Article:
Sports stars are to share their experience of elite competitions as part of a programme to help people who have been seriously ill with coronavirus.

Abertay University’s Sport v Covid project will pair people with athletes, coaches and sports figures.

Tennis coach Judy Murray, Olympic medallist Eilidh Doyle and basketball player Kieron Achara have all signed up to take part.

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Other stars offering help include Paralympian Baroness Tanni Grey-Thompson, British javelin record-holder Goldie Sayers and former American NFL player Aaron Taylor.

They will draw on their experiences coaching and competing against the world’s best athletes to offer coping strategies to people negatively affected by Covid-19 over live video calls.


Murray said: “Sport forces athletes to get to grips with winning and losing. Winning is, of course, easier to handle and although defeats and disappointments are tougher to deal with, they build resilience and persistence.

“It’s all about finding a way through and I love that the Sport v Covid project allows athletes to share their experiences with those who have been most affected by the pandemic.”

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David Bellingham, who spent time in hospital with Covid-19 earlier this year, spoke with athlete Doyle through the Dundee university’s programme before it publicly launched on Thursday.

He said he was struggling to find motivation during his recovery and became frustrated with having to be off work.

“Having a one-to-one conversation with someone as credible as Eilidh Doyle really helped me put things into focus,” he said.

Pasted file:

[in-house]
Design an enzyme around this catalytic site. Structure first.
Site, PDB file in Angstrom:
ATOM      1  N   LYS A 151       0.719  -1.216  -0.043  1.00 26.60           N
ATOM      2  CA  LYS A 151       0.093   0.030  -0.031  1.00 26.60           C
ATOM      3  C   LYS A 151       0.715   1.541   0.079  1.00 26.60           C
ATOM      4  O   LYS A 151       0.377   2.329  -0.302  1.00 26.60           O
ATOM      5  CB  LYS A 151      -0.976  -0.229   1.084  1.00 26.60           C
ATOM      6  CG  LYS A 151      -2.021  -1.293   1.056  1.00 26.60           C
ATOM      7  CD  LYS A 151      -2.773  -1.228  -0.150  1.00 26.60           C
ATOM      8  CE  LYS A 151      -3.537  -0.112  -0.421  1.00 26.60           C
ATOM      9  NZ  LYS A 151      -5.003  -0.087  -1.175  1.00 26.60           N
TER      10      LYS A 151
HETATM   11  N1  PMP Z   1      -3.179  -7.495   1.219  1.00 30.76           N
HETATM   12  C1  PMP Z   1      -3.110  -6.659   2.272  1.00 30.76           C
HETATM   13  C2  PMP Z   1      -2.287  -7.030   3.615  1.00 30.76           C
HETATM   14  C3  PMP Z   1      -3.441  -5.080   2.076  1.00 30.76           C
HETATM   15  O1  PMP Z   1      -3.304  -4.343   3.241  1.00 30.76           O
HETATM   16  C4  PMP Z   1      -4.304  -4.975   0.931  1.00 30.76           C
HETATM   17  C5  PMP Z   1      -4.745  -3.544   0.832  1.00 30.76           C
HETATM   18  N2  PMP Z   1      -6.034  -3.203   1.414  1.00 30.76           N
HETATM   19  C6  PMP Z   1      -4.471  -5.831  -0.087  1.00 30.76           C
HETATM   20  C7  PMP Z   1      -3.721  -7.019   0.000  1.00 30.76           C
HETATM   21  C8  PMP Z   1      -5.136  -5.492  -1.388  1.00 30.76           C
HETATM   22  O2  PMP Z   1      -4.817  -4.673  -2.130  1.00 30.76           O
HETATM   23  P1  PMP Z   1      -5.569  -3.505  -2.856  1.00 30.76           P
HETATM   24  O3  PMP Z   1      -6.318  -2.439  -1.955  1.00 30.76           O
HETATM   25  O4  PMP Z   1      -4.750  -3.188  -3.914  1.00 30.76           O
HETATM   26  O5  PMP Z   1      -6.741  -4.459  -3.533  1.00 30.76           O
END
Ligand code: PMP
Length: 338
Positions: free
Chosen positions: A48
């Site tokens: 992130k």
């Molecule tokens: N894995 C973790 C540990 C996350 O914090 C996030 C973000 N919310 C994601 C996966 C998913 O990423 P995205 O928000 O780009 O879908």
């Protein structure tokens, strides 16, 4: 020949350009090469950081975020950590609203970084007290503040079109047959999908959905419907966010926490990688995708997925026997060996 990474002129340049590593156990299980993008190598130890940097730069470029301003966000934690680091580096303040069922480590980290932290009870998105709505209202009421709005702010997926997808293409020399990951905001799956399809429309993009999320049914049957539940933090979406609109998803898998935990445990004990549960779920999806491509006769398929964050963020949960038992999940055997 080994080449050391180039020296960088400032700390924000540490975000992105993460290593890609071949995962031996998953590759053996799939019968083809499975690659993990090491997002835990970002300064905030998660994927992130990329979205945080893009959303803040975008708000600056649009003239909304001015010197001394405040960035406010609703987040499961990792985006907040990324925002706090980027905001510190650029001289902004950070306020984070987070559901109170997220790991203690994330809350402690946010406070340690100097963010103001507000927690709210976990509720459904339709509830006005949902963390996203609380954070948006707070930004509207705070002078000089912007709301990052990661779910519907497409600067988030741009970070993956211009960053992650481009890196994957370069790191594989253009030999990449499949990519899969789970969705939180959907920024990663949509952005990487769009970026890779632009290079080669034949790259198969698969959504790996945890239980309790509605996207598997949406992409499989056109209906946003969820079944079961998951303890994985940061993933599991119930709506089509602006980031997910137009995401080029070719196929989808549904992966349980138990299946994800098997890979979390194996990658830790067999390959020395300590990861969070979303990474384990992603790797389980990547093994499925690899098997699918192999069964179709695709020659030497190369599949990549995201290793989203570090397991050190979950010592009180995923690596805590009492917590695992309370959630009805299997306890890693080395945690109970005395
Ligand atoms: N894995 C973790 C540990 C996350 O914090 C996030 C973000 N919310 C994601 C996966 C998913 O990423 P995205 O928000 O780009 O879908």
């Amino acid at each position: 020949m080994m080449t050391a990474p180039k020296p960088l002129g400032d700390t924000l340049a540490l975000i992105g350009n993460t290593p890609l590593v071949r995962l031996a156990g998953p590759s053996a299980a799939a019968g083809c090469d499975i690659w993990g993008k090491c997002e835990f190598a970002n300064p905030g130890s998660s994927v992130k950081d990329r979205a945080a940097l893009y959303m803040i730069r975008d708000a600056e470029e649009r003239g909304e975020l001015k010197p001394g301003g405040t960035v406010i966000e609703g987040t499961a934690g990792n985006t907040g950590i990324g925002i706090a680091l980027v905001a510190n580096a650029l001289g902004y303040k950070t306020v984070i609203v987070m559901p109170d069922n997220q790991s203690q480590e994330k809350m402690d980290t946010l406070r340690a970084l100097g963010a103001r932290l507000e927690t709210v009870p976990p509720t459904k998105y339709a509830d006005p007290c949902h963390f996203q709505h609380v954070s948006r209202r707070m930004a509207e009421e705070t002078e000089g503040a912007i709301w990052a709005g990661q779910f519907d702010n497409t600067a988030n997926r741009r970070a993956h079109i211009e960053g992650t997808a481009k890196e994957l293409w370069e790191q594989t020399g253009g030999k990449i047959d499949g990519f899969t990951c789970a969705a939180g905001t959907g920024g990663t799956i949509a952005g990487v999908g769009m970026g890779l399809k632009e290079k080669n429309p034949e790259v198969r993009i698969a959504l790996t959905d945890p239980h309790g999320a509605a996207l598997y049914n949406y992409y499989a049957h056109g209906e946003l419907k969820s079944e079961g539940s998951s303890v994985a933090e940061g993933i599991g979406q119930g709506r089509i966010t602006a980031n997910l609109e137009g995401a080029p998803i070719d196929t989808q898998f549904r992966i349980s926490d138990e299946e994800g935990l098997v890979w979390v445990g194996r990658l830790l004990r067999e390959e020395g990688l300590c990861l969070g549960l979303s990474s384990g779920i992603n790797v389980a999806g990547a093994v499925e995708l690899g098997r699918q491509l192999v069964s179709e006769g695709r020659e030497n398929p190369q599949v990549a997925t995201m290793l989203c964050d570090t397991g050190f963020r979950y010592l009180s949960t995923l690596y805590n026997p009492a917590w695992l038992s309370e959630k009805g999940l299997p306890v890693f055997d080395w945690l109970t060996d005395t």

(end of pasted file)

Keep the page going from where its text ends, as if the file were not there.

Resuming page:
“Hearing about her experiences of coming back from injuries was perfect timing for me and really beneficial in helping me get back to work.”

Doyle said: “This has been a fantastic project to be involved in and I’m delighted to be using my own experiences to help the recoveries of those who have suffered from Covid.

“Being able to share experiences and coping strategies to help manage setbacks and challenges is so important and it was great to be able to feel I’m making a tangible difference to someone on a one-to-one level.”

Abertay University’s professor of duty of care in sport, David Lavallee, led the project.

He said: “Sports people have never been more aware of the role they can play in their communities.

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“This project was inspired by the incredible ability of sports people to care and pass on their experiences in positive ways to others across society.

“We hope the findings contribute to the fight against Covid-19 in helping promote recovery.”

The university hopes to scale the programme up in the coming months.

It is supported by several national and international sport bodies, including the World Players Association, the Footballers Association Scotland and Scottish Rugby.